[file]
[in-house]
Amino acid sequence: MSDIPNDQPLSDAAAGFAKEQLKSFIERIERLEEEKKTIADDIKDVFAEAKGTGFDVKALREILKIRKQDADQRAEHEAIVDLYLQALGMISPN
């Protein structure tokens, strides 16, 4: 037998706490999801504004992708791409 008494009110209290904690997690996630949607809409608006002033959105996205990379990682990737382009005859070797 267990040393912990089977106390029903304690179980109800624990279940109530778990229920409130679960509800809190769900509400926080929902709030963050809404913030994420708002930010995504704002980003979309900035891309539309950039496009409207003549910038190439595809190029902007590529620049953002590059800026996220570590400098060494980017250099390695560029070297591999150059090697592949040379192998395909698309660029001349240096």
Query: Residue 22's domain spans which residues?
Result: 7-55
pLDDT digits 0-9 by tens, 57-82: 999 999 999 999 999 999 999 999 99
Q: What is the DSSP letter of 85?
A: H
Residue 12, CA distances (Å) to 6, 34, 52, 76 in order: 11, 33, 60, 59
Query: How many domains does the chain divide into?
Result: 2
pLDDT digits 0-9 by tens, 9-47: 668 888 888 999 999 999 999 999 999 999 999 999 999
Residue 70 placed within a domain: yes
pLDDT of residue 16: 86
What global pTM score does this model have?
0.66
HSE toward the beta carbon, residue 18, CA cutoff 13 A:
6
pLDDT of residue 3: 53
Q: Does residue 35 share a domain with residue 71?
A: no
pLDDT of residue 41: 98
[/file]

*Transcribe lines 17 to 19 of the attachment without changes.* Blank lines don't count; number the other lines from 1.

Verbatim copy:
HSE toward the beta carbon, residue 18, CA cutoff 13 A:
6
pLDDT of residue 3: 53